“Energy Union Should Do More for Ukraine”
March 4, 2015 | 4 min read
In finding an appropriate follow-up to Minsk II, there are opportunities for the rapidly developing European Energy Union, Ruud Lubbers and Paul van Seters write in this column.
Image: © Nationale Beeldbank
In the early hours of February 12, the leaders of Ukraine, Russia, France, and Germany reached an agreement in the Belarusian capital Minsk to put an end to the devastating war in eastern Ukraine. Whether Minsk II, as the agreement is commonly referred to, will achieve this goal is still uncertain three weeks later. Against the background of ongoing battles, President Poroshenko discussed with the UN and the EU the possibility of deploying an international peacekeeping force in eastern Ukraine. Meanwhile, America and Britain have decided to deploy military training missions.
Different reactions to what has been agreed in Minsk underlined the uncertainty from the very start. There were commentators who felt that Merkel and Hollande gave Putin everything he wanted. But the European Council was generally very positive about the result achieved. As developments have since confirmed, all these responses fell short in calling for the necessary next steps.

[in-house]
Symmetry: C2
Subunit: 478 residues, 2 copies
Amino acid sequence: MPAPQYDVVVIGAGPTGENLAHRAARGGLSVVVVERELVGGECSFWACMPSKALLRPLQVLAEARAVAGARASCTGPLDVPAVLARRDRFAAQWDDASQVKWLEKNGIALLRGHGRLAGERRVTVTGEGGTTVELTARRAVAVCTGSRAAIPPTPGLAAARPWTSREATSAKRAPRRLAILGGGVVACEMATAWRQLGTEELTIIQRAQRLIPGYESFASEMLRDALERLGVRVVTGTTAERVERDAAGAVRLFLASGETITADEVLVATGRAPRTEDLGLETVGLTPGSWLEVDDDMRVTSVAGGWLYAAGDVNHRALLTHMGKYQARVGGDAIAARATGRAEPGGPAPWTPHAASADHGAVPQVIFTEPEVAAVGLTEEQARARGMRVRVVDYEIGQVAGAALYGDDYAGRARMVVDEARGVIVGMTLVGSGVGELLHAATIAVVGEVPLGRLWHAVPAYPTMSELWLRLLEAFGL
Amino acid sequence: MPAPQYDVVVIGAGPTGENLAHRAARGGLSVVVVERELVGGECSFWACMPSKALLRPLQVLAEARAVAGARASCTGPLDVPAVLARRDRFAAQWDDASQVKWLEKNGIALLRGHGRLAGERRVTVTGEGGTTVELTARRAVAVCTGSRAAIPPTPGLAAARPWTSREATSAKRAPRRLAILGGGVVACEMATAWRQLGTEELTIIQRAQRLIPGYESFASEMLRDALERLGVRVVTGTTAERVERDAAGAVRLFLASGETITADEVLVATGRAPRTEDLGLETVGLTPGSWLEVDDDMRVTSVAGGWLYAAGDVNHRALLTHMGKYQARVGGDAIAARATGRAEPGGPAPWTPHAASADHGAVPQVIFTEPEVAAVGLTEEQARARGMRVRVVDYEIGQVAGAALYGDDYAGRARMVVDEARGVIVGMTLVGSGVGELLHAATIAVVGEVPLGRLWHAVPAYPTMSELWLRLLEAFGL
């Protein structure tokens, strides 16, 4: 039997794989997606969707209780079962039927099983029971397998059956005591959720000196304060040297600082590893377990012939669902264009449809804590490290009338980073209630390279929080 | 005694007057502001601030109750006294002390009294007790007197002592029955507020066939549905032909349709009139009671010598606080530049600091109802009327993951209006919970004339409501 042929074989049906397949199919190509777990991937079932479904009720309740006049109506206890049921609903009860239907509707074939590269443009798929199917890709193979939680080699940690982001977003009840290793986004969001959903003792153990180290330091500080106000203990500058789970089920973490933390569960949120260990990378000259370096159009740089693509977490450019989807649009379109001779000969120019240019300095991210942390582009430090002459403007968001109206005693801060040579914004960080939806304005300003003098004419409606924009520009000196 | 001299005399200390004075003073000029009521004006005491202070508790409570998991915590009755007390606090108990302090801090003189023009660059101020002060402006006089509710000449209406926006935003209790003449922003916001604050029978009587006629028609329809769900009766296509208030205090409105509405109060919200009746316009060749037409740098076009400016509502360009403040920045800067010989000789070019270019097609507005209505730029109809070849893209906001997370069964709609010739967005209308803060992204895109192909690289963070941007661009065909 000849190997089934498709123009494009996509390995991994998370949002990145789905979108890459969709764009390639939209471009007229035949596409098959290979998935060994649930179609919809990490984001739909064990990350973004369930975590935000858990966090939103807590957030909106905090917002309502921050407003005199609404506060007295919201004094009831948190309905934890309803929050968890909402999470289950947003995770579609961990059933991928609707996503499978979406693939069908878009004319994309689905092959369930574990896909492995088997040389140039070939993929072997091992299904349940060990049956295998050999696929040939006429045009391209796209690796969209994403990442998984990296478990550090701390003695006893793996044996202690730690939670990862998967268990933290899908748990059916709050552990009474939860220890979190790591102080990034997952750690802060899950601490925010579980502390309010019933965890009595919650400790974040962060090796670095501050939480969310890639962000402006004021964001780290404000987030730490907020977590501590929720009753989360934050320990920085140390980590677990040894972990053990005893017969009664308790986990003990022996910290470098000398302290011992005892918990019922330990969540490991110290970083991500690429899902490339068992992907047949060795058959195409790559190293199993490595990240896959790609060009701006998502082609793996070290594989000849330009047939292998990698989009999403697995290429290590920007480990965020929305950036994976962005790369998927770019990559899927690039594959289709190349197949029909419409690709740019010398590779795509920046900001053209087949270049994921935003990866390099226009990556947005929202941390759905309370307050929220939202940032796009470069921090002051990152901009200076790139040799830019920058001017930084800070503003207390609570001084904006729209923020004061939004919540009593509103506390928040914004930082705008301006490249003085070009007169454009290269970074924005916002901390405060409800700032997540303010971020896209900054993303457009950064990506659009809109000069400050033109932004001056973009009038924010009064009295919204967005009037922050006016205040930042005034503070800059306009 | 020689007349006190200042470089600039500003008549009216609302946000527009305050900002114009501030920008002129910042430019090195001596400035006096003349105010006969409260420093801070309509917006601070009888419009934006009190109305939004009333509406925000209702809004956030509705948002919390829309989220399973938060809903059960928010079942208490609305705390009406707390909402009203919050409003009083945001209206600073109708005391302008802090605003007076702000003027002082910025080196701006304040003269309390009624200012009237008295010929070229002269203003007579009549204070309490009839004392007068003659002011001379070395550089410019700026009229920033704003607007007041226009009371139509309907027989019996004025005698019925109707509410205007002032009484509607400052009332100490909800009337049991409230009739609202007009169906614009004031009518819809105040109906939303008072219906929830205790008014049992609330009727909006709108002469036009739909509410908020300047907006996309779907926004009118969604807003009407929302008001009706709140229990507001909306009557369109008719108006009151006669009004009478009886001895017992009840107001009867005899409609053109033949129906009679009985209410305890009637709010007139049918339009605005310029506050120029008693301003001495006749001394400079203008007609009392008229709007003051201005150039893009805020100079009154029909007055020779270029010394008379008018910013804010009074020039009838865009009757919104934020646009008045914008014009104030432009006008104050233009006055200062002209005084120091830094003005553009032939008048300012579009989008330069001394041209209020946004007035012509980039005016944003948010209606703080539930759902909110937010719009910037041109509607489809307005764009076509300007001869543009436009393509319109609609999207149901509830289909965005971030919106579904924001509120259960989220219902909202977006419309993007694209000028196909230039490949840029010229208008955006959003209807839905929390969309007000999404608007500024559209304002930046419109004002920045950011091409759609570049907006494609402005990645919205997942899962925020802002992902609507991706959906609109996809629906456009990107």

Opportunities for the European Energy Union
We think the responsibility for an appropriate follow-up to Minsk II rests mainly with the European Union. The EU should do much more than passively wait and see if all parties will observe the cease-fire. There are real opportunities for the EU, in particular for the now rapidly developing European Energy Union.
On February 25, Commissioner Sefcovic published an ambitious “framework strategy”for the Energy Union. According to Sefcovic, the Energy Union should concentrate on five areas: energy security, the internal energy market, energy efficiency, low-CO2 economy, and research and innovation. On March 18-19, the European Council must first approve it. We support this strategy as an important agenda for the new Energy Union. But at the same time, we believe that the Energy Union should take more concrete measures, particularly regarding the situation in Ukraine.
The Energy Union could, for example, already in the course of 2015, examine all the Member States’ energy contracts, including those with Moscow, to see whether they are in the interest of the EU. The same would then apply to all energy contracts with Central and Eastern European countries that participate with the Energy Union through association agreements.
Attractive Opportunity To Bring Parties Together
Let us go back in time to four months ago. On October 30, 2014, on his last day as President of the European Commission, a happy and proud José Manuel Barroso gave a press conference in Brussels, where he made public the last minute gas deal between the EU, Ukraine, and Russia. The war in eastern Ukraine continued unabated for the remainder of the fall, but the gas deal offered an attractive opportunity to bring the parties together. However, the gas deal was only valid for a limited period of six months.